Very Long Instruction Word (VLIW) processor architectures represent a design approach for exploiting instruction level parallelism in which the bulk of instruction scheduling and parallel dispatch is relegated to a compiler. In some ways, VLIW is a natural successor to RISC, furthering a trend toward moving complexity from the hardware to a compiler so as to enable simpler, faster processors. See Gwennap, VLIW: The Wave of the Future, Microprocessor Report, Feb. 14, 1994, pp. 18-21 (discussing VLIW architectures). A VLIW processor design eliminates the need for complex instruction scheduling logic on the chip by shifting scheduling responsibilities to the compiler. Parallelism is determined explicitly by a compiler at a program code level. The compiler generates code which is suitable for parallel execution at multiple execution units and which allows for data and resource dependencies. When data dependencies are dynamic, they are explicitly mapped in the compiled code.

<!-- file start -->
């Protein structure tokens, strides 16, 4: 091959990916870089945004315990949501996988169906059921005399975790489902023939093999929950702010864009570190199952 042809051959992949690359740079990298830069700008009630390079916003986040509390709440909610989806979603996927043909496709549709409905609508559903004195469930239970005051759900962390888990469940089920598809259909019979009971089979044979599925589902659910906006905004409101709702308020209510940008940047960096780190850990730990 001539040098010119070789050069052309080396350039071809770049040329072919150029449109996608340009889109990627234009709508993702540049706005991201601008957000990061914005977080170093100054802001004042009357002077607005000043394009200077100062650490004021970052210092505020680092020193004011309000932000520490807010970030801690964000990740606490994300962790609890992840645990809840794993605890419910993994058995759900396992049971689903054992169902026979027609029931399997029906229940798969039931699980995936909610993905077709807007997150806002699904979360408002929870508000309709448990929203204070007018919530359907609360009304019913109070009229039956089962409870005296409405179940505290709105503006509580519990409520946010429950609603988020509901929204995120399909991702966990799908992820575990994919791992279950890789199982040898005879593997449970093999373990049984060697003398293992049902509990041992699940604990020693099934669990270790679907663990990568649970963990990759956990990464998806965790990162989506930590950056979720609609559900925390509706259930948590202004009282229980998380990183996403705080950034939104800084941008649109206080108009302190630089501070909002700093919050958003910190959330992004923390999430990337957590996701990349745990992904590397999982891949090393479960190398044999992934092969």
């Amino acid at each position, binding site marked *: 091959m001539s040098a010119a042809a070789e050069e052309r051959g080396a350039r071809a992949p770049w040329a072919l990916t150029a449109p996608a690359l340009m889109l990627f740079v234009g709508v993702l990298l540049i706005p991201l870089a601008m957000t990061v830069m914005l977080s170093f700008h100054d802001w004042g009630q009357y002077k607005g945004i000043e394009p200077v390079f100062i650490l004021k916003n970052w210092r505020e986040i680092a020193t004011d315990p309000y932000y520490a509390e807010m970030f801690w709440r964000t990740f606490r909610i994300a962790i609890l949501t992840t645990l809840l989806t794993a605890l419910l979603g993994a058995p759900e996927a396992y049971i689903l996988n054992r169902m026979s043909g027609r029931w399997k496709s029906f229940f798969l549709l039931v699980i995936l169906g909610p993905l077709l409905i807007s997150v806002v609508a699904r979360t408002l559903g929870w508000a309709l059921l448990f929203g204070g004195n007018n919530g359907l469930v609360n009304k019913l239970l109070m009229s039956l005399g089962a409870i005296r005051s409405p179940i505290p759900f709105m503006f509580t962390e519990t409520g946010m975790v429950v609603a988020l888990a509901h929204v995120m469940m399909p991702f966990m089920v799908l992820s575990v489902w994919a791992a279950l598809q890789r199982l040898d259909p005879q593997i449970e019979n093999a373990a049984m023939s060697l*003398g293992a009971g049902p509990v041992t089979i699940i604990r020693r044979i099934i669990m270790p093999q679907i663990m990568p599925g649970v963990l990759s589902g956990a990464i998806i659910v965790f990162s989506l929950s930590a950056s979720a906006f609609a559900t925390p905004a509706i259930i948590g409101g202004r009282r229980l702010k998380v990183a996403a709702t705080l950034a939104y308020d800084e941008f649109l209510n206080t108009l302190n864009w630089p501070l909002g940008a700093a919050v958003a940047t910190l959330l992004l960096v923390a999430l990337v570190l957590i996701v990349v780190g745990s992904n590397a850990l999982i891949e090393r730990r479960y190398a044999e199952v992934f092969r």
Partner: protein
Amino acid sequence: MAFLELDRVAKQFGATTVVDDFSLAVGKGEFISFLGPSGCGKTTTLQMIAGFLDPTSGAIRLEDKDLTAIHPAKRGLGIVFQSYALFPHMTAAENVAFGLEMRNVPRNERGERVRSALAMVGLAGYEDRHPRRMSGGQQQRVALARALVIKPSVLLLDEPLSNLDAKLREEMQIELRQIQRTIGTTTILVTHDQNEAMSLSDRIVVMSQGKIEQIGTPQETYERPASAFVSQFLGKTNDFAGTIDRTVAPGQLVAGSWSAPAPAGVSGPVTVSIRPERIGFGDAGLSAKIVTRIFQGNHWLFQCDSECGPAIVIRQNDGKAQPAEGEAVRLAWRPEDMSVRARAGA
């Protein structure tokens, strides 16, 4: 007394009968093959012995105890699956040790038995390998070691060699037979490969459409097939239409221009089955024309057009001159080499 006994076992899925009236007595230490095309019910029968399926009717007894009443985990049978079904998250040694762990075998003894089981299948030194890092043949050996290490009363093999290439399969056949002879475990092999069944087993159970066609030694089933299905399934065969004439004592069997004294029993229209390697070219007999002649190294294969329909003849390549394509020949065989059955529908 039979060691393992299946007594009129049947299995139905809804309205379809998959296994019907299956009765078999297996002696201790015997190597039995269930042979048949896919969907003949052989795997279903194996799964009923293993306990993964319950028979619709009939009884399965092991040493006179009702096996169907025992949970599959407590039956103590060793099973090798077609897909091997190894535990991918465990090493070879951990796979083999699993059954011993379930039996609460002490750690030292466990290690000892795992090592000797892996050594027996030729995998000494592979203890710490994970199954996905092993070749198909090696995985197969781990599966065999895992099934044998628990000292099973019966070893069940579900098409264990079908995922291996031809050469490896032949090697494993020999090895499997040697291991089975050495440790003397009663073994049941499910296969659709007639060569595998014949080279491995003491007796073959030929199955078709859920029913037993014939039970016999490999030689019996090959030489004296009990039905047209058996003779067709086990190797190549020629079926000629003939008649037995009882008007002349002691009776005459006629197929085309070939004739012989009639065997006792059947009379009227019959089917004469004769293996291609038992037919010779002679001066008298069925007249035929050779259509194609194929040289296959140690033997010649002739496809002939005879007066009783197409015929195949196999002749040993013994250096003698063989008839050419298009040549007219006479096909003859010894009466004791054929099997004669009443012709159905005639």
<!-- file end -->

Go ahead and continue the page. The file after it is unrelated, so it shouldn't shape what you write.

Such compiled code is organized as VLIW instructions encoding a number of independent operations that can be executed by execution units of the VLIW processor, in parallel. A typical VLIW instruction horizontally encodes multiple operations as a single, very long instruction; hence the name. These operations can flow directly to associated functional units with a minimum of decoding. NOPs are provided to functional units and a pure VLIW processor has no hardware scheduling interlocks, relying instead on the compiler for scheduling and dependency handling.